Fire crews are continuing to battle a wildfire in the Highlands which has burned for five days and is now visible from space.  

Five fire appliances remained at the scene of the blaze this morning, which now covers an area of around 3.08 square miles of land in the hills above near Loch Ness.  

Two fire fighters were injured earlier in the week when their vehicle crashed. Both have been released from hospital. 

Helicopters have been used to waterbomb the flames and firefighters are working to dampen the area around the fire, which has spread across a huge area near the village of Cannich.  

READ MORE: Wild campers may have sparked three-day blaze

Experts have said the wildfire has the potential to be the largest ever recorded in the UK. Flames are being fanned by tinderbox conditions following days without rain. 

Forestry and Land Scotland, who own the land where the blaze broke out, have said it could have been sparked by people wild camping in the area. 

The Herald:

Smoke from the fire can be seen from space 

Satellite pictures from Nasa show a huge plume of smoke ascending from the area. On the ground there are apocalyptic scenes of scorched earth and ashen landscape.  

A spokeswoman for the Scottish Fire and Rescue Service said this morning: "We were alerted at 12.46pm on Sunday, 28 May to reports of a fire in the open at a farm in Cannich, near Inverness. 

"Operations Control initially mobilised one fire appliance, increasing to nine appliances including specialist resources at the height of the fire.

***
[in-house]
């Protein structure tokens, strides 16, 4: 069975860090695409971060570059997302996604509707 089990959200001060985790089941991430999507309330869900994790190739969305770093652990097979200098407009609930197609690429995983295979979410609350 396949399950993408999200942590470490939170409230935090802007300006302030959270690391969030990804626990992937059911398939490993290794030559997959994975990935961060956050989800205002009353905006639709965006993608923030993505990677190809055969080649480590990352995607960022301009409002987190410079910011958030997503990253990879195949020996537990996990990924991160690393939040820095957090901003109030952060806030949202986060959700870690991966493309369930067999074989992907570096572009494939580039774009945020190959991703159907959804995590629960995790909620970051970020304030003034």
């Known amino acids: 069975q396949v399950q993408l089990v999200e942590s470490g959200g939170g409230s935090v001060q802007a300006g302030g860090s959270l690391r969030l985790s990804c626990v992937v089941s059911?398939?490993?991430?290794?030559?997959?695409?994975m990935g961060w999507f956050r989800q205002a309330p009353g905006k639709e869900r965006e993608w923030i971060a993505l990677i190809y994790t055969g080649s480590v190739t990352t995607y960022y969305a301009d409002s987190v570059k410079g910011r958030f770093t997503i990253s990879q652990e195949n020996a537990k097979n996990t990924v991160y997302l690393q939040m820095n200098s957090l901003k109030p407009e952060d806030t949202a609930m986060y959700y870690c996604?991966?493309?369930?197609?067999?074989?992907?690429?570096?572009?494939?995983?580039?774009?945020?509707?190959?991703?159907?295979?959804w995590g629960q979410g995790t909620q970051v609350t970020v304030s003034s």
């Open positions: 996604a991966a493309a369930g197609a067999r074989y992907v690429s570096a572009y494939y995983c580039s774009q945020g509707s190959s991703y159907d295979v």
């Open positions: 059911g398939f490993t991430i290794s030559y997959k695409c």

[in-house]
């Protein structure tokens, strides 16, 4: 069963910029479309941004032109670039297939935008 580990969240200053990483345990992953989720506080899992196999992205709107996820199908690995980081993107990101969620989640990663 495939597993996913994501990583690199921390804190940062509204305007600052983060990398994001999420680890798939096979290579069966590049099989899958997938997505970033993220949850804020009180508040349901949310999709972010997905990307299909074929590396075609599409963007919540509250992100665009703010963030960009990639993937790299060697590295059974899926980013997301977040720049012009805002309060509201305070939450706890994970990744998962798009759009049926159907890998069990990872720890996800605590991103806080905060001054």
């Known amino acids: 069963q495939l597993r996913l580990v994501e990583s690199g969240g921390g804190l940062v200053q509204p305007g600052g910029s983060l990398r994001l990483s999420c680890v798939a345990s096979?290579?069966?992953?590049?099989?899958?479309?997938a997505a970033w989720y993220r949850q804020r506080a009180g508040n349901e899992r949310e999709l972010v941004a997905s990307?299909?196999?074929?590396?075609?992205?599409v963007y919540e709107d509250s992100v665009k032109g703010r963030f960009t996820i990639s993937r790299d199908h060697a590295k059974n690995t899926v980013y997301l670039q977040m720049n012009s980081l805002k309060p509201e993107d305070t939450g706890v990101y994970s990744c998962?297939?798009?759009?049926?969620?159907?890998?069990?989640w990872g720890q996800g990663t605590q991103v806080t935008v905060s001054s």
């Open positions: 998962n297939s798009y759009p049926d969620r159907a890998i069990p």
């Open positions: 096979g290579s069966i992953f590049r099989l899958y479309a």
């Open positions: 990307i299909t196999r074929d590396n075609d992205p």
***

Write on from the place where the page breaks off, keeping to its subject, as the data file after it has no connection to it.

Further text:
"As of Thursday, 1 June we currently have five fire appliances, including specialist resources in attendance. "Firefighters are working to dampen down the area and will remain on scene until it is safe to leave." 

Firefighters have attended fires in the same area on four separate occasions since May 23. The service has extended a wildlife warning across much of Scotland until Monday. 

 The warning has been in place since May 26, and grades the risk of wildfires as “very high” in most of east, central, and southern Scotland. 

The Herald:

The fire has left a charred landscape behind Pic: Peter Jolly

SFRS group commander Niall MacLennan said earlier: “As the warm and dry weather continues, so too does the risk of wildfire. 

READ MORE: Cannich wildfire - RSPB Scotland warns of wildlife impact

“The ongoing incident at Cannich shows just how large these fires can become. A mixture of seasonal weather conditions combined with very dry and dead vegetation means there is a heightened risk of fires, which can be started by the careless disposal of cigarettes as well as barbecues or campfires left unattended. 

“Many of our rural and remote communities are hugely impacted by these incidents, which can cause significant environmental and economic damage. 

“Cannich has been a challenging incident and our crews are working tirelessly to tackle the fire and stop further spread. 

“Extinguishing a fire on this scale requires a large amount of resources, including the use of helicopters to bolster our response. We will remain on scene until we make the area safe.”